“Maidan” in Belarus: threats or a real scenario

“Maidan” in Belarus: threats or a real scenario

"Plošča" 2020: is the Belarusian society ready for mass protests?

mil.by
29.07.2020

In our previous analysis, “How state propaganda gives leverage to external forces,” we examined how the Belarusian authorities are trying to create the appearance of an external threat and are using it to mobilize within the country. The most striking example are the mysterious “militants” preparing a “massacre” Alexander Lukashenko spoke of at the beginning of June. Now the authorities are trying to sell this horror story for export, primarily to Russia. Judging by the reaction of the Kremlin, it is true that Russia does not want to associate itself with the organization of a false Maidan and possible blood spilled in Minsk and completely shifts all responsibility for what is happening to the Belarusian authorities.

Constructing a picture of a Belarusian “Maidan”

Monitoring of Belarusian state media and social networks shows active promotion of the topic of “Maidan,” which, of course, must be ruthlessly suppressed. Here, for example, the Telegram channel of the state news agency “Belta” is distributing anonymous provocative material called “Who is preparing the Maidan in Belarus.” Official media have been circulating Alexander Lukashenko’s statements about this threat for a long time.

The forceful dismantling of the authoritarian regime has become one of the primary bogeys in the post-Soviet space where authoritarian regimes dominate. “Color revolutions” materialize to rulers through any action of civil society. Alexander Lukashenka is no exception, but over the last month he has made the threat of “Maidan” a key point in his election campaign.

The authorities started talking about this violent scenario following the arrest of the main “street” politician Sergei Tikhanovsky at the very beginning of the election campaign. At that time, there was no “Bagration plan” from Maxim Shabutsky, nor any mention of certain Moscow puppeteers. Alexander Lukashenko personally introduced the topic of armed confrontation into official media circulation.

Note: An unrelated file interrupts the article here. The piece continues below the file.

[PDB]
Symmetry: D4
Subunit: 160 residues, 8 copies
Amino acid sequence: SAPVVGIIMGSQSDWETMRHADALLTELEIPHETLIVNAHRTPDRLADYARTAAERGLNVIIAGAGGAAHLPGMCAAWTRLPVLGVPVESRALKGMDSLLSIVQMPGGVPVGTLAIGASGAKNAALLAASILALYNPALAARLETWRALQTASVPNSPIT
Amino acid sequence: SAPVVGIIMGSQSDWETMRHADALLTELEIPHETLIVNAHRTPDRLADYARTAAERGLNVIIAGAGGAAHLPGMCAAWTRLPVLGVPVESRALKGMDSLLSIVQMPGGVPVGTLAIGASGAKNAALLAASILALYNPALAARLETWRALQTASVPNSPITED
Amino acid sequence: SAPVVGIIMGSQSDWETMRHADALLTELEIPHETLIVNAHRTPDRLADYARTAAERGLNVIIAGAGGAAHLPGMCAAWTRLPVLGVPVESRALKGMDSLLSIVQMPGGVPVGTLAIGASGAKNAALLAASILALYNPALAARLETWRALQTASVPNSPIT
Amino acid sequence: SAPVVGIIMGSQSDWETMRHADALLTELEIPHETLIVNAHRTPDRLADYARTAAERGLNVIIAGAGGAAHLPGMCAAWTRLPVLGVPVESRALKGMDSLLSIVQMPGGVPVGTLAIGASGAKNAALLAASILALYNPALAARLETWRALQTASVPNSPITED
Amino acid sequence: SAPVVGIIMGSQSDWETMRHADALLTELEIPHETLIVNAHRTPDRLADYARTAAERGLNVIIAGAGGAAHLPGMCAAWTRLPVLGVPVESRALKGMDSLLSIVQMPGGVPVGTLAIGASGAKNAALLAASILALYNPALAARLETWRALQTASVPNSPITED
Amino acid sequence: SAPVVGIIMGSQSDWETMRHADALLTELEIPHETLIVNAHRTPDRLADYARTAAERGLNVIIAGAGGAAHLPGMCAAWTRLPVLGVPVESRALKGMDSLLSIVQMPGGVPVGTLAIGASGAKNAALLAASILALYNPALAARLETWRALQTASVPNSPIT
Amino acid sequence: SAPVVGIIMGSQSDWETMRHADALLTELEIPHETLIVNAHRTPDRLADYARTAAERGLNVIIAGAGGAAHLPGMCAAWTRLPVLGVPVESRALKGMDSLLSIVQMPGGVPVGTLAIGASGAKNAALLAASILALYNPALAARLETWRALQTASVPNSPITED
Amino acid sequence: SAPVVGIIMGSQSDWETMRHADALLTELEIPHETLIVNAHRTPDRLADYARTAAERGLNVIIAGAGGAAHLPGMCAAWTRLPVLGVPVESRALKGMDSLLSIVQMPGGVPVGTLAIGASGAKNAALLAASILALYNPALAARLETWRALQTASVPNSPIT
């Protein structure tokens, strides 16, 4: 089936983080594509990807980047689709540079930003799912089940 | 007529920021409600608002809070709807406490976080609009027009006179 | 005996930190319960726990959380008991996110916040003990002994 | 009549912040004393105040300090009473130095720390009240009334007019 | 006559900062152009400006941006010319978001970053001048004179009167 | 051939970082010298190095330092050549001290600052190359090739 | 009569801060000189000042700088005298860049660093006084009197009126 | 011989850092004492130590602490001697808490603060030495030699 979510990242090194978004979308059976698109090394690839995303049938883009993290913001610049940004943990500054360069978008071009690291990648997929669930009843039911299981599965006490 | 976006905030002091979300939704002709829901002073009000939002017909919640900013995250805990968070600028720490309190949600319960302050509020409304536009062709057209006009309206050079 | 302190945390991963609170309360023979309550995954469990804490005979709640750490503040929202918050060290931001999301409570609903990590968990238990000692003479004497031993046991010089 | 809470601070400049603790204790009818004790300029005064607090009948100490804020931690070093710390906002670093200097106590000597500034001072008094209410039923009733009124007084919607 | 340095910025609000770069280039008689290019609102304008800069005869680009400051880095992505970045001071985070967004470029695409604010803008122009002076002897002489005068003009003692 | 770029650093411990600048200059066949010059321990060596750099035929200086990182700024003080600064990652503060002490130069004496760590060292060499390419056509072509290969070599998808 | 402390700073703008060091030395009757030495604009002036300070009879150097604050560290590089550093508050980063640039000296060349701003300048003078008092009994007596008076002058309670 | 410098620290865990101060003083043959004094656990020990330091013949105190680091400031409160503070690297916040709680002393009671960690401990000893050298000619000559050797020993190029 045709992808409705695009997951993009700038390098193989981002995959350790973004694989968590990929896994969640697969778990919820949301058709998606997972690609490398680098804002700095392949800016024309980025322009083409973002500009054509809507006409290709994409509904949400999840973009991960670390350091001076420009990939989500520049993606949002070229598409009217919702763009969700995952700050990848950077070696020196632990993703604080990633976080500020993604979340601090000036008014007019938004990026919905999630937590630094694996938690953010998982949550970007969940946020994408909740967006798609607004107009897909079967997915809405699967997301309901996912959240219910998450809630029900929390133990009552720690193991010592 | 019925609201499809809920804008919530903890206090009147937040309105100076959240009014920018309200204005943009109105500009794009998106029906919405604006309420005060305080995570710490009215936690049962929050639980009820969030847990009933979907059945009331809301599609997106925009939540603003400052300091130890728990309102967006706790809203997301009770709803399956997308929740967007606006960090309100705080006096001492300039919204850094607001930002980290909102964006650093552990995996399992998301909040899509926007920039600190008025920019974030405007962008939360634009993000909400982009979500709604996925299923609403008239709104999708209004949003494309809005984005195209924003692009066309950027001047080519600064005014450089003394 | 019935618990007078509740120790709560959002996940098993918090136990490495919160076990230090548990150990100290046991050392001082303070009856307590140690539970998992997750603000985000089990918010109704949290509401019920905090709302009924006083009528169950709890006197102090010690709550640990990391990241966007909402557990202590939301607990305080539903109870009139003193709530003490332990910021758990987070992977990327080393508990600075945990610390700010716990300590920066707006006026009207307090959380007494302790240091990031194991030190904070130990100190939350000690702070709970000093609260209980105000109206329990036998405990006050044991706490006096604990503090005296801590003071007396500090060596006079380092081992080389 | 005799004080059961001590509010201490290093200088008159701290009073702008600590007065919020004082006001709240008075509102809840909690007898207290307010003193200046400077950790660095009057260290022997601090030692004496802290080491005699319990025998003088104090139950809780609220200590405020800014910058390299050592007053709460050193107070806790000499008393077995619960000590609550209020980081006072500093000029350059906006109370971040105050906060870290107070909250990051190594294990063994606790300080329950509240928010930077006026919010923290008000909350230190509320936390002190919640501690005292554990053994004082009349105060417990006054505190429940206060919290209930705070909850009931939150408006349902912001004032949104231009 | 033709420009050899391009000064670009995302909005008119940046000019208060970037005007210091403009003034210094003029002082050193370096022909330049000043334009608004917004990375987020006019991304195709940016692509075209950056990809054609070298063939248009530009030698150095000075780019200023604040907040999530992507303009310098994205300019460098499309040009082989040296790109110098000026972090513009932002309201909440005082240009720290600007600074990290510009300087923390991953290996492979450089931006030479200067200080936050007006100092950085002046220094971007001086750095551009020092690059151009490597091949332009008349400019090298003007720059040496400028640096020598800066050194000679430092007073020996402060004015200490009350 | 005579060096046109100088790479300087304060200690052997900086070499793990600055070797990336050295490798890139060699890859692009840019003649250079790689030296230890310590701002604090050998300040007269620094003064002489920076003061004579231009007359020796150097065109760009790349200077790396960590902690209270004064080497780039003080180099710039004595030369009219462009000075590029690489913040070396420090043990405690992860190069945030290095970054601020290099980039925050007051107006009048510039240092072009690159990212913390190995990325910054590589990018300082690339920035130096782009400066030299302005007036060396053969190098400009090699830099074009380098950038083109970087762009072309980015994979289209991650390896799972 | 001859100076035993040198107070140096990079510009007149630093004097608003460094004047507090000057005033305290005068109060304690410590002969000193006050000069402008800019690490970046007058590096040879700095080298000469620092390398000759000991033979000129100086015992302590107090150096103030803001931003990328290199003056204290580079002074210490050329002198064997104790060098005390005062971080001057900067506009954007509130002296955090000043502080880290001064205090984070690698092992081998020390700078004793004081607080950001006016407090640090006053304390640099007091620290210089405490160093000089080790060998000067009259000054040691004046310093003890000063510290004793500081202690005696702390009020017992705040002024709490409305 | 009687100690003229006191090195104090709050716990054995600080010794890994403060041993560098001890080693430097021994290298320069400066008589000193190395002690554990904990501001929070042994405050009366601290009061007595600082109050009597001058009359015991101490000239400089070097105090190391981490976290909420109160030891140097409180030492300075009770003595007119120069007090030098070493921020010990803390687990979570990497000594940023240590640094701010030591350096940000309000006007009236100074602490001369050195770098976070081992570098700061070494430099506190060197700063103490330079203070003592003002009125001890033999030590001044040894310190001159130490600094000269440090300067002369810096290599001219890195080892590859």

“In the end, no one knows how my friend Rakhmon entered the capital of Tajikistan with a machine gun to restore order. So many people died there. Oh, how they fought with those bearded men. We have forgotten how former President Karimov in Andijan crushed the putsch by shooting thousands of people. Everyone condemned him when he died – they knelt, wept, and cried. We have not gone through this, so we do not want to understand it. Some of us. Well, we’ll remind you!” he said on June 4.

Warnings about “Maidan” rained down throughout the election campaign, and at meetings with the military the president repeatedly spoke about the possibility of involving the army in suppressing protests.

“All sorts of wars now start with street protests, demonstrations, and then Maidans. At the Maidan, if there are no people of our own (we do not have enough “maidan-ers”), they will be pulled in from the side. These are professional military men, bandits who are specially trained, mainly within the framework of professional military companies around the world, and earn big money for provocations in various states,” Lukashenko said at a meeting with special forces in Maryina Gorka.

The entire information vertical is working on the bloodshed thesis. One of the top Belarusian media staff, a confidant of Alexander Lukashenko, Andrei Krivosheev, warned opponents of the authorities on social networks and advised them to “watch your backs,” recalling the fate of Nigoyan and Zhiznevsky. And the well-known state columnist Andrei Mukovozchik spoke almost openly about armed conflict:

“Are you ready for the fact that someone in your family, in your house, in your circle will die? Get ready. They can even kill, and most likely, they will certainly kill – without this, a woman’s revolt will not grow to a color revolution. And, most likely, they will kill their own: a provocation for a mutiny is the alpha and omega.”

Despite the odiousness, his texts should be carefully analyzed since the rhetoric of the “ideological mouthpiece” suspiciously coincides with the numerous “leaks” circulating in social networks about plans for a provocation. What is this? Is it just a campaign of intimidation or a scenario that the authorities are ready to implement at a critical moment?

A picture for the internal observer

As mentioned above, Lukashenka has repeatedly declared his readiness to use weapons and even the army if necessary. Moreover, messages appear on social networks (the question of their veracity is another story) about training security officials to shoot into crowds.

It is no secret that provocations have often been the reason for breaking up demonstrations in Belarus. This was the case in 2010, when provocateurs broke windows in the House of Government. Something similar happened in 2017, when tension in the information space was heightened with stories about militants storming across the border in a jeep and ending the case of the “White Legion.”